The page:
The State Office of Administrative Hearings ["SOAH"] is where contested cases are tried between a nurse and the Texas Board of Nursing. An administrative law judge (ALJ) is assigned to the case and the proceeding is like a judge-alone trial without a jury. Witnesses are called to testify, records are put into evidence, and legal argument entertained. A transcript or recording is made. After the hearing, the ALJ may take weeks or months to issue a Proposal for Decision (PFD) analyzing the evidence and recommending a decision to the Board. The nurse’s attorney and the agency staff attorney exchange exceptions and replies about the PFD – essentially objections and argument either for or against the PFD. The PFD is then presented to either the full Board or the Board’s Eligibility and Disciplinary Committee for approval. If presented to the full Board, they will hold a hearing on the PFD in which the ALJ presents the PFD and counsel for both sides argue their positions. The Board may ask questions, review the pleadings and the record, and deliberate at length. When all is said and done, the Board either votes to adopt the PFD, adopt something different than the PFD, or dismiss the case even if the PFD recommends action. (this is taken from information contained on my firm's website )
Very few nurses ever have to go to SOAH, which is good news considering the potential pitfalls discussed above and in an earlier blog. An experienced attorney can negotiate a resolution with the BON that addresses the Board's concerns for public safety and that is acceptable to the nurse. SOAH should be reserved for those times where a satisfactory resolution cannot be reached with the Board by way of negotiation.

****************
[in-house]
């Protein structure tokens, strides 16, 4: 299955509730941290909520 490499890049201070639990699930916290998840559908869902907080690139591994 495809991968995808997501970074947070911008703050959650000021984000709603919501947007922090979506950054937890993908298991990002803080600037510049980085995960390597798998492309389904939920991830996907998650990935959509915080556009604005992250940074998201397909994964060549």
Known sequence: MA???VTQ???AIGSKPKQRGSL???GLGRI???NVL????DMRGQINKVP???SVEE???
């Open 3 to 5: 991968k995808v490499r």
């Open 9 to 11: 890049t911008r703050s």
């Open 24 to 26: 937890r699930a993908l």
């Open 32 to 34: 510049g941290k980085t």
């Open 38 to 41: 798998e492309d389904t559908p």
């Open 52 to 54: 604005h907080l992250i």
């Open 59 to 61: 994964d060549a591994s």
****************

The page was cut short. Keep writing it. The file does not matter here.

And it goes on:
Nurses need to beware of attorneys that use SOAH as a means to churn fees by creating unnecessary litigation. When I worked for the Medical Board, we were well aware that certain attorneys when hired would never negotiate and the case would end up in litigation at SOAH. To us it always seemed like such a shame that a licensee would be subjected to the stress and expense of a hearing when the Board was willing to negotiate. By failing to negotiate, the licensee is subject to a drawn out process that may generate unnecessary fees and expenses and the licensee potentially risks receiving more severe restrictions. Hearings should be reserved for those special cases where negotiation fails to reach a fair conclusion to the claim.